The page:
The trial court did not err as appellant contends in admitting testimony as to appellant's escape from jail following his confinement as a result of the alleged charge and his subsequent apprehension in and return from the State of Louisiana. In Thames v. State, 453 S.W.2d 495, this court only recently said:

"In Cawley v. State, 166 Tex.Cr.R. 37, 310 S.W.2d 340, this Court held that escape, flight and attempts to escape are always admissible as evidence of guilt. * * * * * * "The fact that the circumstances of flight show the commission of another crime does not render the evidence inadmissible. Cox v. State, 170 Tex.Cr.R. 128, 338 S.W.2d 711. See Enriquez v. State, Tex.Cr.App., 429 S.W.2d 141; Ellisor v. State, 162 Tex.Cr.R. 117, 282 S.W.2d 393, and Isaac v. State, Tex.Cr. App., 421 S.W.2d 661."

Ground of error # 4 is overruled.

For the same reasons set out above, the trial court did not err in overruling appellant's motion to restrict the prosecution from referring, directly or indirectly, to the appellant's escape from jail.

Ground of error # 5 is overruled.

In his sixth ground of error appellant urges the trial court erred in failing to declare a mistrial after the prosecutor made reference to the defendant's failure to testify.

The prosecutor argued, while discussing the charge on self defense, as follows:

"Now, there is not one word of testimony in here that there was any reason, any basic reason for Johnny Jackson to fear *736 Ennis Williams. None whatsoever. No testimony that Ennis Williams did anything to him. None whatsoever. Every single soul. There is not even any testimony in here of Ennis Williams talking to Johnny Jackson that night. Now, there were some twelve or fifteen people therethe record conflicts on exactly how many were theredon't you know if there had been any cross words between Johnny Jackson and Ennis Williams, or Johnny Jackson and anyone else, don't you know we would have heard from them? There was no testimony * * *"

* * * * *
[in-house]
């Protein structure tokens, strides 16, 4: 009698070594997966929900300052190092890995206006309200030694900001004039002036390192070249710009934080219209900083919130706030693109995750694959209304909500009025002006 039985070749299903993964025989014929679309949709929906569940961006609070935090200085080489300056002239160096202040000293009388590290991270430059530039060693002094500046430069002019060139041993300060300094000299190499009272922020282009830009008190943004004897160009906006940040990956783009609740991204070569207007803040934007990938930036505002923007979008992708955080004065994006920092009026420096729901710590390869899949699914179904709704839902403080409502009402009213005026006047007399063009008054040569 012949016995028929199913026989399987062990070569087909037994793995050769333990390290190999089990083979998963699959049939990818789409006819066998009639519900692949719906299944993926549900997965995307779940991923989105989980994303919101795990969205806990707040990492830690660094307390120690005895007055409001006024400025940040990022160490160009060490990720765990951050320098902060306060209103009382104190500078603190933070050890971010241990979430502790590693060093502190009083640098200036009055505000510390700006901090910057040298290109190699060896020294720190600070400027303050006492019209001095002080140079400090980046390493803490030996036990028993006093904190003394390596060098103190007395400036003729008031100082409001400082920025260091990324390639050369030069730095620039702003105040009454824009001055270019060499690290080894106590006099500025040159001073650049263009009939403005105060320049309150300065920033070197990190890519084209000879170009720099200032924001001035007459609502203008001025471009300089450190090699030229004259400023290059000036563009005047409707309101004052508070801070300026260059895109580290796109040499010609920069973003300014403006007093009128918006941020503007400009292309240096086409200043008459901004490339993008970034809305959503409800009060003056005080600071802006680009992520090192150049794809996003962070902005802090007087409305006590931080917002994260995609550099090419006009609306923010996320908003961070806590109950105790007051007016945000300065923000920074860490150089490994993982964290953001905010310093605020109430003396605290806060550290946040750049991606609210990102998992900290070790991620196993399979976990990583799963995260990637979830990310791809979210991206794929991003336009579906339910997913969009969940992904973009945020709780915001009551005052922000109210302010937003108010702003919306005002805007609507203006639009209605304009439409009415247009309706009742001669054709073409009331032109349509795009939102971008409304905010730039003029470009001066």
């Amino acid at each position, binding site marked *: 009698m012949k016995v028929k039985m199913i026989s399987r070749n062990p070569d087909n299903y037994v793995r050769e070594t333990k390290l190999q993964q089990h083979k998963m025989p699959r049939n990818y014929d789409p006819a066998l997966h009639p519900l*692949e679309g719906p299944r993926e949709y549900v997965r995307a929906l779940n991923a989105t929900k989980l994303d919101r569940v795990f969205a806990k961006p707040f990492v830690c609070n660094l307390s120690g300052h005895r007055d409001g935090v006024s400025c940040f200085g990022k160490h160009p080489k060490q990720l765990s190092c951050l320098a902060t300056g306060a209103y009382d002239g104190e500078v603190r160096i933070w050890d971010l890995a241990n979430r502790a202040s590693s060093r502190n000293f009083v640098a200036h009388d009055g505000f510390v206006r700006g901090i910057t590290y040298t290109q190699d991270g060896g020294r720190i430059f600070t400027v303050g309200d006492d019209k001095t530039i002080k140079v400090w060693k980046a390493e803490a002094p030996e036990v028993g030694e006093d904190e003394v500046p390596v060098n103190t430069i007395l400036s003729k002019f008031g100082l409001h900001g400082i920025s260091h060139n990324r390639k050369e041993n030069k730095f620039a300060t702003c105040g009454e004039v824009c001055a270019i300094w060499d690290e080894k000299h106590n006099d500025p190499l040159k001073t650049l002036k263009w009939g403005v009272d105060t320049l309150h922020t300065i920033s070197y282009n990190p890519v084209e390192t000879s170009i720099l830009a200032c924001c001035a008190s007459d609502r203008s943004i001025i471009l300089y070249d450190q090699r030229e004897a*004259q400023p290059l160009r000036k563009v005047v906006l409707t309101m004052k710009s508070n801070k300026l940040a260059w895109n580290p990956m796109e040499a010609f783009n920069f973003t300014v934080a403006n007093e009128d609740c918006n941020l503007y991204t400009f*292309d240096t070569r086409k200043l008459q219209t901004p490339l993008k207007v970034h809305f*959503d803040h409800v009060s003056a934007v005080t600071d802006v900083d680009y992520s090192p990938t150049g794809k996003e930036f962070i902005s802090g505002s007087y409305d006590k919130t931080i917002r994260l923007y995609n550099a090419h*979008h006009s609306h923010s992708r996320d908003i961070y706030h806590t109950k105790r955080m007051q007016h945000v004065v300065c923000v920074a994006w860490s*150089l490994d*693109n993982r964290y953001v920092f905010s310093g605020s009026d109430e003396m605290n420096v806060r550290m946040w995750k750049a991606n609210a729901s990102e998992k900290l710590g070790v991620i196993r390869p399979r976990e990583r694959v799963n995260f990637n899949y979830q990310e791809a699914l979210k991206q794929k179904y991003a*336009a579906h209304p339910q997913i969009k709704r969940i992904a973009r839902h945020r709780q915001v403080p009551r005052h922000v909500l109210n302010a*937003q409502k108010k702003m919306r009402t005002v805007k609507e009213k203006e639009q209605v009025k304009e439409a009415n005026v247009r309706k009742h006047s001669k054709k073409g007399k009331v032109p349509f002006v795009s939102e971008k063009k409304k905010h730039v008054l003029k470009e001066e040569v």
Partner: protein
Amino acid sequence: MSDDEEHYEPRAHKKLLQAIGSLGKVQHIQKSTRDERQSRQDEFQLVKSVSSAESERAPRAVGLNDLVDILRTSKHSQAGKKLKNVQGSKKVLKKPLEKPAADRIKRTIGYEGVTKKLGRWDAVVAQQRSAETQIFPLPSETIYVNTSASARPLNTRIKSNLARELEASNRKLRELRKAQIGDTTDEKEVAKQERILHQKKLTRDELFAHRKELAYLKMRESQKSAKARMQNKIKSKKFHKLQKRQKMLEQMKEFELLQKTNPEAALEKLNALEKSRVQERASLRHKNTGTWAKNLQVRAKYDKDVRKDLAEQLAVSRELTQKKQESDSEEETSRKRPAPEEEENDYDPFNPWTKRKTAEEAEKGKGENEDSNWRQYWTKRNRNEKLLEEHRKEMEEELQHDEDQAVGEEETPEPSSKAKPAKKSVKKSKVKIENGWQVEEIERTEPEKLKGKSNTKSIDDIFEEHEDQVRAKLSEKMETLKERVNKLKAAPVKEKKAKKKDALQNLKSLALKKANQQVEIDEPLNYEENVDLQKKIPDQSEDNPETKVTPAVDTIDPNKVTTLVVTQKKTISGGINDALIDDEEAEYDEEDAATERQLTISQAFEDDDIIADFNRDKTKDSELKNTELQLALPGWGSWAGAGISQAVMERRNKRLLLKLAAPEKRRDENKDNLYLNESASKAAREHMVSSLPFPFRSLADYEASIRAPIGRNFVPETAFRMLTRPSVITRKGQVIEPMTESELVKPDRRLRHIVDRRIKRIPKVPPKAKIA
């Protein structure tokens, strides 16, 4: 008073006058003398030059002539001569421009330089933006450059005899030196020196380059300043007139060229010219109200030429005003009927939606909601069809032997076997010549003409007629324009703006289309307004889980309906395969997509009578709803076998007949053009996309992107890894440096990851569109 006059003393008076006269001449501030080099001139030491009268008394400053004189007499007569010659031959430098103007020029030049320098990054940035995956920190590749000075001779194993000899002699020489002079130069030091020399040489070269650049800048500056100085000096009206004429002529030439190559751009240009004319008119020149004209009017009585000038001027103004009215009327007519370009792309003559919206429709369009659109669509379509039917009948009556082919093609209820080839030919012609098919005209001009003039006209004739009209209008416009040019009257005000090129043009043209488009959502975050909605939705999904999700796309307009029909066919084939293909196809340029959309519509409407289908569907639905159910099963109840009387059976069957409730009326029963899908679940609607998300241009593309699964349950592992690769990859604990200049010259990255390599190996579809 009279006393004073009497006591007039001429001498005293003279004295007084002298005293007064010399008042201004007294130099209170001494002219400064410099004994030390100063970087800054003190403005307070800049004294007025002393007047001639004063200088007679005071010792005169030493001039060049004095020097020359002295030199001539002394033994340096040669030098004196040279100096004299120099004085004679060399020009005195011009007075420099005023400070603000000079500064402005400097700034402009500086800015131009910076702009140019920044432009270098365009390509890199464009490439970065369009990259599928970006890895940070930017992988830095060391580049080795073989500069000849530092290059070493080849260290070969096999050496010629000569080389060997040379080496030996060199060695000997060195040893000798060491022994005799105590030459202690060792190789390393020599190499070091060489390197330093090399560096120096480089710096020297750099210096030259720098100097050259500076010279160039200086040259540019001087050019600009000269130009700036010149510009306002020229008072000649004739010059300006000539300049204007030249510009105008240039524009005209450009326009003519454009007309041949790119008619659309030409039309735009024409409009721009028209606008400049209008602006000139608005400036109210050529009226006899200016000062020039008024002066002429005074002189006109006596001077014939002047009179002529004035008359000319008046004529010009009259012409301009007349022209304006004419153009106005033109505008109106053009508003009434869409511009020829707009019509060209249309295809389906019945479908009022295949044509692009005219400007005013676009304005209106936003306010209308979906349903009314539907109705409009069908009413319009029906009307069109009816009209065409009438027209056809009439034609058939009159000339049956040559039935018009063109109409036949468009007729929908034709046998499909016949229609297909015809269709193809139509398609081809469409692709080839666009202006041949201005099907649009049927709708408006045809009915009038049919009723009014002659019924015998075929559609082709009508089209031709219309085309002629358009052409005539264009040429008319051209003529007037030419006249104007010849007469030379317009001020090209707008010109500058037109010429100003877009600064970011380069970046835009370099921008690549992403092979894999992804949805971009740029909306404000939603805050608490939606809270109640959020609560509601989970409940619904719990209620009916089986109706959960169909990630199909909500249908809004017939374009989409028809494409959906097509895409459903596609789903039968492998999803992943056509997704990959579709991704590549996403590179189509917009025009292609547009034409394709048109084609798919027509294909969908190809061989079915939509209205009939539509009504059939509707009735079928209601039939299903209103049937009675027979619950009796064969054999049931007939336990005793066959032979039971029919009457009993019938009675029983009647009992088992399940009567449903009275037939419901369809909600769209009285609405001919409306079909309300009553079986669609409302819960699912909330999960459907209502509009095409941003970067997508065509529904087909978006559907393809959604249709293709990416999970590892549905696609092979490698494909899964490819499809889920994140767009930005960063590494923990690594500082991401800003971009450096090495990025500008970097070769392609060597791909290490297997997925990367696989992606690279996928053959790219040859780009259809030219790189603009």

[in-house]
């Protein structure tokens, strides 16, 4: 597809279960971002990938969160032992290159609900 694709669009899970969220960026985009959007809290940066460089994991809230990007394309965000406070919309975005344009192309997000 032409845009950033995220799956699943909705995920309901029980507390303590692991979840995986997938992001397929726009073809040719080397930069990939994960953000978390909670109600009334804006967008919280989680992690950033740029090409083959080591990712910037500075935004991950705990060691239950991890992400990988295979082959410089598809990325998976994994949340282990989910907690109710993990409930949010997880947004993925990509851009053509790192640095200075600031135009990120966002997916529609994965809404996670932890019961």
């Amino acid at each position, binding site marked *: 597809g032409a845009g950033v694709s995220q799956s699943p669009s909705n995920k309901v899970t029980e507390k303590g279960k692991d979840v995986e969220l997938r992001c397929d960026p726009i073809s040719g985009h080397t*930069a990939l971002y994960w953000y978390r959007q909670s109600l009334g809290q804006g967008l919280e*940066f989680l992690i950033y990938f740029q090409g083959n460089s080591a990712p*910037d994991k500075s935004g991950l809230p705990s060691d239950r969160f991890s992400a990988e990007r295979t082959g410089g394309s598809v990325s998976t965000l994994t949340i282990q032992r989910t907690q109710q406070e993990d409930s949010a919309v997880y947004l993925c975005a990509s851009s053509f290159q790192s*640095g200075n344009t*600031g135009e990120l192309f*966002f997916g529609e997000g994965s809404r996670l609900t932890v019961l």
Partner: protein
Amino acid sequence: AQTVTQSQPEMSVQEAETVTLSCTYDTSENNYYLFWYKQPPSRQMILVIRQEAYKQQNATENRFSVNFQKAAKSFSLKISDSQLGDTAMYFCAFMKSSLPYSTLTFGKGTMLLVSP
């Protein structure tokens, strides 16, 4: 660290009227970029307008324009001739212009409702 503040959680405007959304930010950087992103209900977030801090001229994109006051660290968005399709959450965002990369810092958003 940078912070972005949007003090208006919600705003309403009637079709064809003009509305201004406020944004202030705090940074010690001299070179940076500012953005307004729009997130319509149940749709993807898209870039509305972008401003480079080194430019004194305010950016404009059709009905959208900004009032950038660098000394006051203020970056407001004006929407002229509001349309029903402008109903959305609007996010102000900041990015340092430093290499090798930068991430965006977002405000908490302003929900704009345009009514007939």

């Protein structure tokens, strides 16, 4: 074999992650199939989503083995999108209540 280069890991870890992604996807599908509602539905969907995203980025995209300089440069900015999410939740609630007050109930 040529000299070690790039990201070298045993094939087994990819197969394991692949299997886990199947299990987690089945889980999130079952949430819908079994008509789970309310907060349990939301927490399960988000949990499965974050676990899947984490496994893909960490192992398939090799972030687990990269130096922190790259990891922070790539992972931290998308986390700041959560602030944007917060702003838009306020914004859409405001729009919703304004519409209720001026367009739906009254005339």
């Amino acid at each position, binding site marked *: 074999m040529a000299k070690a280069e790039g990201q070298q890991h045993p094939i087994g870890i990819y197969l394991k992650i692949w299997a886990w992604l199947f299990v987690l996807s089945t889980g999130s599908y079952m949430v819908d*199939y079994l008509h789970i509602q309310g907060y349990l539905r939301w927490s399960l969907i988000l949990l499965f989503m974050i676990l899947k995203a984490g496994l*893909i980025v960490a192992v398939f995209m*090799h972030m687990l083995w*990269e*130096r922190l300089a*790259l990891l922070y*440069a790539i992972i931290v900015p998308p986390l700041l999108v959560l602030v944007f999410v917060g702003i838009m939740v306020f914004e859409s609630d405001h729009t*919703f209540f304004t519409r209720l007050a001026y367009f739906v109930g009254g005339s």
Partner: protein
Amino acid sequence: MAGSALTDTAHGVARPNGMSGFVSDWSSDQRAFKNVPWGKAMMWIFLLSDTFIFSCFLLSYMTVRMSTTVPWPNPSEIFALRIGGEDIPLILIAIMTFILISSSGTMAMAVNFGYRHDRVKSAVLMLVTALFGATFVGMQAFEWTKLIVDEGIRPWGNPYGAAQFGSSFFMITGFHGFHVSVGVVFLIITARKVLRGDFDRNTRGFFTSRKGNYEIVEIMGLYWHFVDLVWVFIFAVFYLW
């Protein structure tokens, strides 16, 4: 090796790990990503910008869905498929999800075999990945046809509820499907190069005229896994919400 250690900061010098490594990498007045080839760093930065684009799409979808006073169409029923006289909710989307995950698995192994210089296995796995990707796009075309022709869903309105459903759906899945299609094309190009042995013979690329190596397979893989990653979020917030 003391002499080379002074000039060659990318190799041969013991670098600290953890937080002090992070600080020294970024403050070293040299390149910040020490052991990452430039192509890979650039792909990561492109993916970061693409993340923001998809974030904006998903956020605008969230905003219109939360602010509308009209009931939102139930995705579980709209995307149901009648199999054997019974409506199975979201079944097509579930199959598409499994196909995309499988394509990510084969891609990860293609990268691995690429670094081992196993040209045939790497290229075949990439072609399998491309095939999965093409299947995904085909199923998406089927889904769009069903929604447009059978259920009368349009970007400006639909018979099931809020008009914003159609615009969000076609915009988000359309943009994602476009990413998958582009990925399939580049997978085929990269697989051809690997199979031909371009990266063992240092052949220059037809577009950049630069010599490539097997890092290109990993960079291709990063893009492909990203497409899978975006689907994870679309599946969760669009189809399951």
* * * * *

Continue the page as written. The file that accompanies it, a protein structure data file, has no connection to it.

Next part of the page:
An objection was then interposed.

In Ramos v. State, 419 S.W.2d 359, this court said at p. 367:

"The well-settled rule in Texas for many years has been that `[f]or the argument to offend against the statute, Article 38.08, V.A.C.C.P. [old Art. 710], prohibiting allusion to or comment upon the failure of a defendant to testify, the language used must be looked to from the standpoint of the jury, and the implication that the language used had reference to the defendant's failure to testify must be a necessary one. It is not sufficient that the language might be construed as an implied or indirect allusion thereto.' Richardson v. State, 172 Tex. Cr.R. 299, 356 S.W.2d 676 (1962); Johnson v. State, 167 Tex.Cr.R. 598, 322 S.W.2d 540 (1959); Potts v. State, 167 Tex. Cr.R. 240, 319 S.W.2d 304 (1958); Hart v. State, 163 Tex.Cr.R. 472, 293 S.W.2d 659 (1956)."

In applying such test we cannot conclude that error is reflected. It appears that the prosecutor had reference to the twelve or fifteen persons when he referred to "them" rather than the appellant and Williams.

Ground of error # 6 is overruled.

In his last ground of error appellant contends the trial court "erred in failing to permit the appellant to pre-trial bail in violation of the Eighth and Fourteenth Amendments to the Constitution of the United States." See also Article I, Sec. 11, Texas Constitution, Vernon's Ann.St.

Appellant relies upon the rule discussed in Ex parte Paul, Tex.Cr.App., 420 S.W.2d 956, an appeal from a habeas corpus proceeding where the petitioner had been denied bail after indictment.

There is an absence of any evidence that the appellant sought bail before or subsequent to the return of the second indictment upon which he was convicted, hence there was no denial. Certainly no error is presented. The fact that appellant was granted or denied pre-trial bail is not, standing alone, ground for reversal of a conviction.

Ground of error # 7 is overruled.

The judgment is affirmed.

NOTES

[1] Appellant's complaint seems to stem from the fact that after the reversal of his first conviction on October 18, 1967, he remained incarcerated for 13 months before he was re-indicted.

[2] It is noted that Article 19.01, Sec. 5, V.A.C.C.P., provides that the same person "shall not act as jury commissioner more than once in the same year."